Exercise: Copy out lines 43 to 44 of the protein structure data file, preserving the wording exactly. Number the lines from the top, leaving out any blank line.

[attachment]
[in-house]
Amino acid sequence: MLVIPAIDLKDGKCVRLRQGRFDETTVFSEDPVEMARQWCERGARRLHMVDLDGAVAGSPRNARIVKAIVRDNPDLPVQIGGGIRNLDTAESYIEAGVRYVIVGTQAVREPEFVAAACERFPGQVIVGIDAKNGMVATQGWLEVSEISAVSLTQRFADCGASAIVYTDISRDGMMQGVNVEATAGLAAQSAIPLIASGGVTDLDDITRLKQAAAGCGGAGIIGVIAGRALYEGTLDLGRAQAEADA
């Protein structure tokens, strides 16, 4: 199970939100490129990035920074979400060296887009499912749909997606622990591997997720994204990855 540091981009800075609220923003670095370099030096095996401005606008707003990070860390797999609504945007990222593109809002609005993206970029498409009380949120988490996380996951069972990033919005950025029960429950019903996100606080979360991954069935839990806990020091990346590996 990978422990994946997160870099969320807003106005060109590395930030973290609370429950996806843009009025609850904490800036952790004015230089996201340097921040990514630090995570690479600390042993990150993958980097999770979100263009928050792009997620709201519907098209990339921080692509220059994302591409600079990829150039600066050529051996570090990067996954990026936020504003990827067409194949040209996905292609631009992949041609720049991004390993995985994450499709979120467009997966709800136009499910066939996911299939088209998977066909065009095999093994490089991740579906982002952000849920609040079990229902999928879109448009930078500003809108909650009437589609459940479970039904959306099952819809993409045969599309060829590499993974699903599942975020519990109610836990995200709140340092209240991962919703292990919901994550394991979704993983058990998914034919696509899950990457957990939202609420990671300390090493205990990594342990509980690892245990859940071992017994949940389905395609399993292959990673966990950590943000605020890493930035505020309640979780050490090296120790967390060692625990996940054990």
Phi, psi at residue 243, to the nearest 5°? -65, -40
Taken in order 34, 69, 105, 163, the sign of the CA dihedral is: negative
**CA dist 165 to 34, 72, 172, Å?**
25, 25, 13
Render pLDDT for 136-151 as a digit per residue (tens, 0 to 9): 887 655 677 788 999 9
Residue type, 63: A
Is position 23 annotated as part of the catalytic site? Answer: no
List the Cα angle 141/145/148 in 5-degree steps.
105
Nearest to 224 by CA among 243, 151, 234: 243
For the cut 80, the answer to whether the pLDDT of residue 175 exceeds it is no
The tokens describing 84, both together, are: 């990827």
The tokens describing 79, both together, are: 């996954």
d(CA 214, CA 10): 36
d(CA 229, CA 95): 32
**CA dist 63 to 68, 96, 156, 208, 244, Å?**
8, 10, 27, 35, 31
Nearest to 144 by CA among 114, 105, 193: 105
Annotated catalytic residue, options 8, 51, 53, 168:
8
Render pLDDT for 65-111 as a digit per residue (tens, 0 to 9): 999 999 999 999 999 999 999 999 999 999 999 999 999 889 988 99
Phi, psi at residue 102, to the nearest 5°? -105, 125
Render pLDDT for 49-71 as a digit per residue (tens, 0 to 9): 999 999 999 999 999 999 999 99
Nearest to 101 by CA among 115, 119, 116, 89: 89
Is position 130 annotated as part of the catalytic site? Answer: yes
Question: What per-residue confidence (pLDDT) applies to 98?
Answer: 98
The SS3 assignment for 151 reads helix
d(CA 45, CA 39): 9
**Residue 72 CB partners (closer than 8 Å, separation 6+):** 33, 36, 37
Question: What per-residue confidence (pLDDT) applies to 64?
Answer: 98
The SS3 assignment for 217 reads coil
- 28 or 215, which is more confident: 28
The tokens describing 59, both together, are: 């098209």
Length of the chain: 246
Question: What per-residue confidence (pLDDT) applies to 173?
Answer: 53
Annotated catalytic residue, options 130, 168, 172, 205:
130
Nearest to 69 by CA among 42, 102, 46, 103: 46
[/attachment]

130
Nearest to 69 by CA among 42, 102, 46, 103: 46